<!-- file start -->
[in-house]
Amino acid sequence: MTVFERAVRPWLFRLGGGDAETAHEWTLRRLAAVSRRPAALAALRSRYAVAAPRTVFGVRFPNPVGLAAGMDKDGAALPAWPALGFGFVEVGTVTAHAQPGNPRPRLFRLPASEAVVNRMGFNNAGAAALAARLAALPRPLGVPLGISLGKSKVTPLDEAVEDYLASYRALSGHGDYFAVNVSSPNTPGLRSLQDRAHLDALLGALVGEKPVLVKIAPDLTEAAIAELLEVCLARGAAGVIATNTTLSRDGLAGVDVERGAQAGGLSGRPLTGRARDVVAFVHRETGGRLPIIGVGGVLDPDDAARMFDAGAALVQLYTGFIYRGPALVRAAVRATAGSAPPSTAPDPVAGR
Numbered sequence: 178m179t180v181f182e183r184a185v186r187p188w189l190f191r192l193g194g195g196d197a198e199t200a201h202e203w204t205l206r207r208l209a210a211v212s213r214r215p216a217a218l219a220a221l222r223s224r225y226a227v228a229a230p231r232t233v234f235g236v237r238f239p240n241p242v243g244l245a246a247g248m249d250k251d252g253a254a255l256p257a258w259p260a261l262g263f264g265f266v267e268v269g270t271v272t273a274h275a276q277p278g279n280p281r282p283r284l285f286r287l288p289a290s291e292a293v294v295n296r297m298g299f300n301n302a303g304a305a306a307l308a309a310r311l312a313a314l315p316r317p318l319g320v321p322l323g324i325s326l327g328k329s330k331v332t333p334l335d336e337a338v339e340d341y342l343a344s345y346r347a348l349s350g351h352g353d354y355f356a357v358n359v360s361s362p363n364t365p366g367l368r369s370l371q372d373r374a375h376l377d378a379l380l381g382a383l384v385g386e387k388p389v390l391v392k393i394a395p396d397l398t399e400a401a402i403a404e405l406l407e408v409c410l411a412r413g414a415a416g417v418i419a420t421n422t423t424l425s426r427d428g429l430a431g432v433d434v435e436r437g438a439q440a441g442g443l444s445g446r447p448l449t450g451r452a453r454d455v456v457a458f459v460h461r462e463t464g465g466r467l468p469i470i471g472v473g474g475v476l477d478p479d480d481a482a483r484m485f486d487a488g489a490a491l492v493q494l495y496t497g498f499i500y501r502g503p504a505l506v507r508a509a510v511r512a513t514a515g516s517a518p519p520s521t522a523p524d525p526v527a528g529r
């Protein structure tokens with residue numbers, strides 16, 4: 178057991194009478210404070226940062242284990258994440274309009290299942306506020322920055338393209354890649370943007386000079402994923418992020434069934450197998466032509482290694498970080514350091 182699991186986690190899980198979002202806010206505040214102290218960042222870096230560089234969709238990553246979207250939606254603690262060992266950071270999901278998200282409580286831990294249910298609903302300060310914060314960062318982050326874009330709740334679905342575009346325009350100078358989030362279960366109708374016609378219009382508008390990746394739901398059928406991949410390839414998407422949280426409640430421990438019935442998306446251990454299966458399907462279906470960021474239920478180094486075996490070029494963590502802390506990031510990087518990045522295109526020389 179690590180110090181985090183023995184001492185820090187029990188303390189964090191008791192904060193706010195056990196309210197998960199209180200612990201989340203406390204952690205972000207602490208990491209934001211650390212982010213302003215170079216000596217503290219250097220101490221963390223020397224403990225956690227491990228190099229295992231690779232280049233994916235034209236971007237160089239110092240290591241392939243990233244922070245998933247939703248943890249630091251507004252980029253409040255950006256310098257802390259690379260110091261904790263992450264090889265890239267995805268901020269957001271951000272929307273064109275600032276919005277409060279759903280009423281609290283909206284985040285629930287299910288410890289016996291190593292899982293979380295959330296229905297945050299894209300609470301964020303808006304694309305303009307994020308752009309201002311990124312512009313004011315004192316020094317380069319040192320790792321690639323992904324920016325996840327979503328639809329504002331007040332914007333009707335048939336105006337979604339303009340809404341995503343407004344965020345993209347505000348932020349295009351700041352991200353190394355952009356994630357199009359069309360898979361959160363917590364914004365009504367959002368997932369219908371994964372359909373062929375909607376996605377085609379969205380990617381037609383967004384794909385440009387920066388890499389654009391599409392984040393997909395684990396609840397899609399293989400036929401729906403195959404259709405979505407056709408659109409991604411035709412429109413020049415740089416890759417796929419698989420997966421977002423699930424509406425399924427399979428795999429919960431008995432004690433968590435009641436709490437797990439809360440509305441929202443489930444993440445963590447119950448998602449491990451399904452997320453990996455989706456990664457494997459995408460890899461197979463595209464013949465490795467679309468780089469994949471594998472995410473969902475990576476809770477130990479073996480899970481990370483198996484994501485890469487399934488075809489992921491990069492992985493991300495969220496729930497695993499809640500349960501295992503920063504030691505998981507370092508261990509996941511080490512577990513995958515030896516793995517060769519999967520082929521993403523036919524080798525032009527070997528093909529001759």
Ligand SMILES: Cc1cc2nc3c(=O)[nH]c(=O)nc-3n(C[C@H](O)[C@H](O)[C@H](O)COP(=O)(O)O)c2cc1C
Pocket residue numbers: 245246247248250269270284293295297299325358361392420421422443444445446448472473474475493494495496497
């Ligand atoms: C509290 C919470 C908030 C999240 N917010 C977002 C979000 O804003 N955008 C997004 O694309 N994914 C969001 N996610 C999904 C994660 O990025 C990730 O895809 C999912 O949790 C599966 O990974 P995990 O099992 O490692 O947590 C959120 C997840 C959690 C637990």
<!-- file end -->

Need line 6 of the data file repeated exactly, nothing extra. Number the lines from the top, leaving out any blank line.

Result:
Pocket residue numbers: 245246247248250269270284293295297299325358361392420421422443444445446448472473474475493494495496497